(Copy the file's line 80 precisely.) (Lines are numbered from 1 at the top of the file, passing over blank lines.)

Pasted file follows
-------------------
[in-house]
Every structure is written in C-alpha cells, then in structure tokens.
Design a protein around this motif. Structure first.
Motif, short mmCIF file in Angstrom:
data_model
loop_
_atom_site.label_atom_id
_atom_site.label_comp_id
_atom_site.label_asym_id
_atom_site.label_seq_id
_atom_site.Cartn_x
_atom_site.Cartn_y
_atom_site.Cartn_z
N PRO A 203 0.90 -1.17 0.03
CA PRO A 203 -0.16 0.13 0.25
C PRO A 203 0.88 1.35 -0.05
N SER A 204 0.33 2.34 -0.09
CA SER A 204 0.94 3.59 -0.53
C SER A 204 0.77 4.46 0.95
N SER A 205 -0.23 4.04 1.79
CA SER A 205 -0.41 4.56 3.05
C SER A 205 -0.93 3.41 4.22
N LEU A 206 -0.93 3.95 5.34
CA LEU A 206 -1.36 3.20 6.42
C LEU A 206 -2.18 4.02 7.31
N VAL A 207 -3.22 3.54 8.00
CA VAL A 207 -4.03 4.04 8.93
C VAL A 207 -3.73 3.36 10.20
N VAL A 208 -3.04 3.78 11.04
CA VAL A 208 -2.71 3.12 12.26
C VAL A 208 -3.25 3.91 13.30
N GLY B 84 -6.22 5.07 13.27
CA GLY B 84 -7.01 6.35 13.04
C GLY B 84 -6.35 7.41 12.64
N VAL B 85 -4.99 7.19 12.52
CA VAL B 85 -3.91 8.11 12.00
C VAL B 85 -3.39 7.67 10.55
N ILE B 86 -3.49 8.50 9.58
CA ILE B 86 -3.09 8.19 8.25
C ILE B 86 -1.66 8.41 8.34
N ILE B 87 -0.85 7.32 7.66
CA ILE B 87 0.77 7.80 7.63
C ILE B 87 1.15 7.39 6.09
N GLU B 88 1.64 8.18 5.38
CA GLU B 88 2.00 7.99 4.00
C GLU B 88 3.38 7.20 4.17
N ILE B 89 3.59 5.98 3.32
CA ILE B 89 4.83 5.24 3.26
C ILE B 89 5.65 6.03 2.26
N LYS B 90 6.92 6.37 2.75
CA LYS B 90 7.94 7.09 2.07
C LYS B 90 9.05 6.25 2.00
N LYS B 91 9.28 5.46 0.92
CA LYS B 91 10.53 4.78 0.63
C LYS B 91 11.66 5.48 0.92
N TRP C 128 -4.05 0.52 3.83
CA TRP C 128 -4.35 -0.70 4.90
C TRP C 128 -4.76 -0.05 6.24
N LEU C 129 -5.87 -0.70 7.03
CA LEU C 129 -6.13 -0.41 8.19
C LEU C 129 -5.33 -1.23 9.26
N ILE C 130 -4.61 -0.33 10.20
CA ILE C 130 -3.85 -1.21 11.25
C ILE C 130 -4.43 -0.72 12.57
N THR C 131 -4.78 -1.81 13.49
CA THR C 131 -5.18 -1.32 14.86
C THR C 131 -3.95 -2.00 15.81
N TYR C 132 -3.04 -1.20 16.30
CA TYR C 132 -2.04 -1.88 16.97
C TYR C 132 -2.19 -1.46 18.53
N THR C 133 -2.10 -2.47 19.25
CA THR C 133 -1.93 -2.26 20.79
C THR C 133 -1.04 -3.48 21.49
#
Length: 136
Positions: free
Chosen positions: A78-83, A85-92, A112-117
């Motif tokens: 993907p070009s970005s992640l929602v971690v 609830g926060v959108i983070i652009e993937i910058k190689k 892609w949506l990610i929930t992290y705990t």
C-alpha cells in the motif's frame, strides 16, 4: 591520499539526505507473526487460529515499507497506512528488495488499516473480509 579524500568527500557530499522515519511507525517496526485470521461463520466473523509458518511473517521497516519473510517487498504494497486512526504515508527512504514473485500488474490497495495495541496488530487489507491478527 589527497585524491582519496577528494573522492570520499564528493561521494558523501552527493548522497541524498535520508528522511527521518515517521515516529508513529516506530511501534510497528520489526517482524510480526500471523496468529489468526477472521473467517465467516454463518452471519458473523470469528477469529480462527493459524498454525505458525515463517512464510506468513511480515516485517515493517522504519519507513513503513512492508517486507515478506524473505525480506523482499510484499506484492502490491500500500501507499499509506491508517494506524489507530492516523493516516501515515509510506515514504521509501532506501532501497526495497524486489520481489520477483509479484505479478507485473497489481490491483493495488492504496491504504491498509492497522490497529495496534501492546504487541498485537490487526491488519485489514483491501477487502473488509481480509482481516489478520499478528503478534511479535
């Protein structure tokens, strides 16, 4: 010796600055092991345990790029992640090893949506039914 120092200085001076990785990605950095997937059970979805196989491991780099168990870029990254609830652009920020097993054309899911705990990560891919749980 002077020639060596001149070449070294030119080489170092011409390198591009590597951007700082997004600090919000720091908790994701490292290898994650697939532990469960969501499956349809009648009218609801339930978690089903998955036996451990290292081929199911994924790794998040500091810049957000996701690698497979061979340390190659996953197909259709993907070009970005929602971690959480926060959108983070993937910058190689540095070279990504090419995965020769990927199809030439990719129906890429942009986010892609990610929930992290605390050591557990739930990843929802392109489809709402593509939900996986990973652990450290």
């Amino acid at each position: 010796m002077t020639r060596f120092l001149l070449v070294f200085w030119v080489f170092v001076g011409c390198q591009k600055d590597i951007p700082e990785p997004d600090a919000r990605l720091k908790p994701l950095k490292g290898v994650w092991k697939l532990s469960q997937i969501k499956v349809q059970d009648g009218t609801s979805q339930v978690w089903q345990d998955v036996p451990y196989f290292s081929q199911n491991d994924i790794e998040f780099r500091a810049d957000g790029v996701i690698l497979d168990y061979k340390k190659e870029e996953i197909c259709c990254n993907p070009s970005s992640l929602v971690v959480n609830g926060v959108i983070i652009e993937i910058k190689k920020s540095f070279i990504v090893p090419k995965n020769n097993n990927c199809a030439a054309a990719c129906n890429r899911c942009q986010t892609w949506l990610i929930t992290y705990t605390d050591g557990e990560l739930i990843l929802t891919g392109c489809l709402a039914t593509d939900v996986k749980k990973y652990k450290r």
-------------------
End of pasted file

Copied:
């Protein structure tokens, strides 16, 4: 010796600055092991345990790029992640090893949506039914 120092200085001076990785990605950095997937059970979805196989491991780099168990870029990254609830652009920020097993054309899911705990990560891919749980 002077020639060596001149070449070294030119080489170092011409390198591009590597951007700082997004600090919000720091908790994701490292290898994650697939532990469960969501499956349809009648009218609801339930978690089903998955036996451990290292081929199911994924790794998040500091810049957000996701690698497979061979340390190659996953197909259709993907070009970005929602971690959480926060959108983070993937910058190689540095070279990504090419995965020769990927199809030439990719129906890429942009986010892609990610929930992290605390050591557990739930990843929802392109489809709402593509939900996986990973652990450290």